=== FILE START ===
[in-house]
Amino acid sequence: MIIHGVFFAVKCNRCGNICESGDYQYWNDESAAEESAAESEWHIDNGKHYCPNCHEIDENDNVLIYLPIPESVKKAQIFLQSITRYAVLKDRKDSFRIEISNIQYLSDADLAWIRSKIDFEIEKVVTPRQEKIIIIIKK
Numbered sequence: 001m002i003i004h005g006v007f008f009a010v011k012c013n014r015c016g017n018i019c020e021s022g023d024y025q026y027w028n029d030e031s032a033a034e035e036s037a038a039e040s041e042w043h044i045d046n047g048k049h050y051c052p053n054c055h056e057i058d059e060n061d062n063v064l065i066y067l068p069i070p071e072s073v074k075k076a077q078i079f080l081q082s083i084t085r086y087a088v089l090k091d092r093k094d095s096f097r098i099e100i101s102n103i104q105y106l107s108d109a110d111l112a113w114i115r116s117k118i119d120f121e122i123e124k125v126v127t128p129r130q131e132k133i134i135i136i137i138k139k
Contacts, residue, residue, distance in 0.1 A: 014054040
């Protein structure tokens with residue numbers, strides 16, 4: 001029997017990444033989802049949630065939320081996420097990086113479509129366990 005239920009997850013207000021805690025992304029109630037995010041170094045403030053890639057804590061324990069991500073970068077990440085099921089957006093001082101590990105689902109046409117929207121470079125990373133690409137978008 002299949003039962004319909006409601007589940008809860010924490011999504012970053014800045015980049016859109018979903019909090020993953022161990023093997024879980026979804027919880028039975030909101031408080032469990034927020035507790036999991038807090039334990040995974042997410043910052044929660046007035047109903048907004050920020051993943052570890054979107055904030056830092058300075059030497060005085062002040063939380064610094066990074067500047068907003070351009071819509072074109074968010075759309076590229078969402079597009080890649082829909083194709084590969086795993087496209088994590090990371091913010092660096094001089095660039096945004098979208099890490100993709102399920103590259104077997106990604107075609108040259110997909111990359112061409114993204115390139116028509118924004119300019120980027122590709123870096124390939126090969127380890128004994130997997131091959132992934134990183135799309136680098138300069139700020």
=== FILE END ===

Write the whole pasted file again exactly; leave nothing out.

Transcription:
[in-house]
Amino acid sequence: MIIHGVFFAVKCNRCGNICESGDYQYWNDESAAEESAAESEWHIDNGKHYCPNCHEIDENDNVLIYLPIPESVKKAQIFLQSITRYAVLKDRKDSFRIEISNIQYLSDADLAWIRSKIDFEIEKVVTPRQEKIIIIIKK
Numbered sequence: 001m002i003i004h005g006v007f008f009a010v011k012c013n014r015c016g017n018i019c020e021s022g023d024y025q026y027w028n029d030e031s032a033a034e035e036s037a038a039e040s041e042w043h044i045d046n047g048k049h050y051c052p053n054c055h056e057i058d059e060n061d062n063v064l065i066y067l068p069i070p071e072s073v074k075k076a077q078i079f080l081q082s083i084t085r086y087a088v089l090k091d092r093k094d095s096f097r098i099e100i101s102n103i104q105y106l107s108d109a110d111l112a113w114i115r116s117k118i119d120f121e122i123e124k125v126v127t128p129r130q131e132k133i134i135i136i137i138k139k
Contacts, residue, residue, distance in 0.1 A: 014054040
């Protein structure tokens with residue numbers, strides 16, 4: 001029997017990444033989802049949630065939320081996420097990086113479509129366990 005239920009997850013207000021805690025992304029109630037995010041170094045403030053890639057804590061324990069991500073970068077990440085099921089957006093001082101590990105689902109046409117929207121470079125990373133690409137978008 002299949003039962004319909006409601007589940008809860010924490011999504012970053014800045015980049016859109018979903019909090020993953022161990023093997024879980026979804027919880028039975030909101031408080032469990034927020035507790036999991038807090039334990040995974042997410043910052044929660046007035047109903048907004050920020051993943052570890054979107055904030056830092058300075059030497060005085062002040063939380064610094066990074067500047068907003070351009071819509072074109074968010075759309076590229078969402079597009080890649082829909083194709084590969086795993087496209088994590090990371091913010092660096094001089095660039096945004098979208099890490100993709102399920103590259104077997106990604107075609108040259110997909111990359112061409114993204115390139116028509118924004119300019120980027122590709123870096124390939126090969127380890128004994130997997131091959132992934134990183135799309136680098138300069139700020």